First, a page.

As always, your pet should be microchipped and have an up-to-date ID tag.

4. Be Aware of Increased Joint Pain

Just like humans, a dog with arthritis may stiffen up during the winter months.

You can manage this by keeping your dog warm and providing a supportive orthopedic bed. There are some excellent orthopedic beds on this list by The Dog Clinic, but whichever you choose make sure the mattress is thick enough to support your pet’s weight. It’s also a good idea to go for a vet check-up during the winter, as medication or natural supplements can reduce inflammation.

Aside from reducing pain directly, it’s important that all family members are aware of your dog’s joint problems. Ask them to give him plenty of rest and to avoid putting pressure on his sore joints.

Additionally, you may want to split your dog’s exercise into two shorter walks in the morning and evening. It’s hard for many senior dogs to resist over-exercising on a long walk, which can make joint pain worse.

5. Care for Your Dog’s Paws

Rock salt, which is spread over pavements and roads during cold weather, can be damaging to your dog’s foot pads and paws. Ice and snow, while less dangerous than rock salt, can also cause irritation and bleeding.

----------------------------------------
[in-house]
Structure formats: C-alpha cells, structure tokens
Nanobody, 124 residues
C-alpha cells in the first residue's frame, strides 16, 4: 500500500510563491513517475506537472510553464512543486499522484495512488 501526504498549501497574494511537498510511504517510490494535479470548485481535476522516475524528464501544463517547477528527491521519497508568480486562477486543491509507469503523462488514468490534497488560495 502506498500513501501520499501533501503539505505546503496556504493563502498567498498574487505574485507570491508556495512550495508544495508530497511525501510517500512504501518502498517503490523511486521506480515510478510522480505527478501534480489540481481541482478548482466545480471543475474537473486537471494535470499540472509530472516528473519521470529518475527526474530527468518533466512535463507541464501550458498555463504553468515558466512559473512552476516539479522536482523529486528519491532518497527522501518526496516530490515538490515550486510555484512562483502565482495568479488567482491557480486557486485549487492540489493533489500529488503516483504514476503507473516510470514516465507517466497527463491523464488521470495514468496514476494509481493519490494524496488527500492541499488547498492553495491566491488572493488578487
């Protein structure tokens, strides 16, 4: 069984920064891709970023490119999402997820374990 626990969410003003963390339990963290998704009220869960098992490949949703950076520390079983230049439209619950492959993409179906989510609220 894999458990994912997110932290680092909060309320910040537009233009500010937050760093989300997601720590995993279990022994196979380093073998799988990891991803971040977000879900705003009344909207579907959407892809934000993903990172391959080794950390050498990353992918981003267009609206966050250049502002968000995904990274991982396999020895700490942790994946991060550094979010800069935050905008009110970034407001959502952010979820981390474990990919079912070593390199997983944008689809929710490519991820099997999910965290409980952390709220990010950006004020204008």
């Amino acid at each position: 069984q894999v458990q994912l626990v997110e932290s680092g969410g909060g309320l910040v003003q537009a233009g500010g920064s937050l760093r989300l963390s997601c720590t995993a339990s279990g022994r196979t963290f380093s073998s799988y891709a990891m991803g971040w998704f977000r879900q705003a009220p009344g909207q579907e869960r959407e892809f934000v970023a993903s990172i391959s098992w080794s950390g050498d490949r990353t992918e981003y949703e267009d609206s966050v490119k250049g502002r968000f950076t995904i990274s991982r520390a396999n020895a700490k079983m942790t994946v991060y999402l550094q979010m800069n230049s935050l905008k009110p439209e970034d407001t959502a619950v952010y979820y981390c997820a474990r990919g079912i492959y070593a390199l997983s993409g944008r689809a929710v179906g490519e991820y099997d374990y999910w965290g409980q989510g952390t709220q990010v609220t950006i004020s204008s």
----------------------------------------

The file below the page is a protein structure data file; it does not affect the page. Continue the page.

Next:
To prevent your pet’s paws drying out, always clean his feet and dry them thoroughly after a walk. If the pavements around your home have rock salt during the winter, a set of dog boots can provide extra protection.

6. Be Extra Cautious During Wet, Cold Weather

A dog’s fur does a great job of keeping your pet at the right temperature most of the time, but it becomes much less effective when wet.

This can make wet weather uncomfortable for any dog – but especially senior canines who already struggle to regulate their body temperature. To keep your pet safe, try to avoid walking in the rain during the winter and dry your pet thoroughly after romping in the snow.

7. Car Interiors Are Dangerous in Winter Too

The message that dogs should never be left in a car during even mild weather is finally getting through – but cold temperatures can also be hazardous.